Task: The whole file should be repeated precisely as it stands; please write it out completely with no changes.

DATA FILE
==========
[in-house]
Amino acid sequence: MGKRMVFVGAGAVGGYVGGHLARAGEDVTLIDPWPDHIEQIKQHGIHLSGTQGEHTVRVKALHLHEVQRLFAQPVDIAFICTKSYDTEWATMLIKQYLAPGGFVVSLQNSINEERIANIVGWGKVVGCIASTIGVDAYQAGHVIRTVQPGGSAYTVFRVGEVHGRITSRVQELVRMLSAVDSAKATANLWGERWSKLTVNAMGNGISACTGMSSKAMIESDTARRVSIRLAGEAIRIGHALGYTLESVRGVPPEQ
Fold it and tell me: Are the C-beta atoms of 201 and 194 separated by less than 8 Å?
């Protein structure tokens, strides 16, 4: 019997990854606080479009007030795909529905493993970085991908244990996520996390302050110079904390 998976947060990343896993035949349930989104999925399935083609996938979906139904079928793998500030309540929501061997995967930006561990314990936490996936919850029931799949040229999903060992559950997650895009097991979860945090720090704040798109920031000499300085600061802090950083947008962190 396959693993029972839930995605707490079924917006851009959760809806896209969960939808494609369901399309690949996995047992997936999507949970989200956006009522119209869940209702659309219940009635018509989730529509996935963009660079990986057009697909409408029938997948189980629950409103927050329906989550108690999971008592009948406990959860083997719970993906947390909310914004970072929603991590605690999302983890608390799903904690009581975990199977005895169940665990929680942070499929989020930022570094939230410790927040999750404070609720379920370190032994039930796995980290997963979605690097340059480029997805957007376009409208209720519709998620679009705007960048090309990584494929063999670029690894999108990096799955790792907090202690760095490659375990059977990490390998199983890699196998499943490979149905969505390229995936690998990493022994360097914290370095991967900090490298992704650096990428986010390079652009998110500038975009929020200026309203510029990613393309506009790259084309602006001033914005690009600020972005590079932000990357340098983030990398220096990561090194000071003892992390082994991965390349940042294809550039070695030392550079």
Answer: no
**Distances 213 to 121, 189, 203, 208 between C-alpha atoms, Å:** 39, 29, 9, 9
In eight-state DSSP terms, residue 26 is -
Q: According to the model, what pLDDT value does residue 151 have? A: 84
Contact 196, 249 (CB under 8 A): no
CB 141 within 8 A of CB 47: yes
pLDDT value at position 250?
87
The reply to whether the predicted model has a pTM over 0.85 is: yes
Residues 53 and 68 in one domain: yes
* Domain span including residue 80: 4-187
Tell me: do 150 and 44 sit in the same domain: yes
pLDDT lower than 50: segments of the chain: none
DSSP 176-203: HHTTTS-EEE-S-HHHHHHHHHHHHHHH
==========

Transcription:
[in-house]
Amino acid sequence: MGKRMVFVGAGAVGGYVGGHLARAGEDVTLIDPWPDHIEQIKQHGIHLSGTQGEHTVRVKALHLHEVQRLFAQPVDIAFICTKSYDTEWATMLIKQYLAPGGFVVSLQNSINEERIANIVGWGKVVGCIASTIGVDAYQAGHVIRTVQPGGSAYTVFRVGEVHGRITSRVQELVRMLSAVDSAKATANLWGERWSKLTVNAMGNGISACTGMSSKAMIESDTARRVSIRLAGEAIRIGHALGYTLESVRGVPPEQ
Fold it and tell me: Are the C-beta atoms of 201 and 194 separated by less than 8 Å?
């Protein structure tokens, strides 16, 4: 019997990854606080479009007030795909529905493993970085991908244990996520996390302050110079904390 998976947060990343896993035949349930989104999925399935083609996938979906139904079928793998500030309540929501061997995967930006561990314990936490996936919850029931799949040229999903060992559950997650895009097991979860945090720090704040798109920031000499300085600061802090950083947008962190 396959693993029972839930995605707490079924917006851009959760809806896209969960939808494609369901399309690949996995047992997936999507949970989200956006009522119209869940209702659309219940009635018509989730529509996935963009660079990986057009697909409408029938997948189980629950409103927050329906989550108690999971008592009948406990959860083997719970993906947390909310914004970072929603991590605690999302983890608390799903904690009581975990199977005895169940665990929680942070499929989020930022570094939230410790927040999750404070609720379920370190032994039930796995980290997963979605690097340059480029997805957007376009409208209720519709998620679009705007960048090309990584494929063999670029690894999108990096799955790792907090202690760095490659375990059977990490390998199983890699196998499943490979149905969505390229995936690998990493022994360097914290370095991967900090490298992704650096990428986010390079652009998110500038975009929020200026309203510029990613393309506009790259084309602006001033914005690009600020972005590079932000990357340098983030990398220096990561090194000071003892992390082994991965390349940042294809550039070695030392550079």
Answer: no
**Distances 213 to 121, 189, 203, 208 between C-alpha atoms, Å:** 39, 29, 9, 9
In eight-state DSSP terms, residue 26 is -
Q: According to the model, what pLDDT value does residue 151 have? A: 84
Contact 196, 249 (CB under 8 A): no
CB 141 within 8 A of CB 47: yes
pLDDT value at position 250?
87
The reply to whether the predicted model has a pTM over 0.85 is: yes
Residues 53 and 68 in one domain: yes
* Domain span including residue 80: 4-187
Tell me: do 150 and 44 sit in the same domain: yes
pLDDT lower than 50: segments of the chain: none
DSSP 176-203: HHTTTS-EEE-S-HHHHHHHHHHHHHHH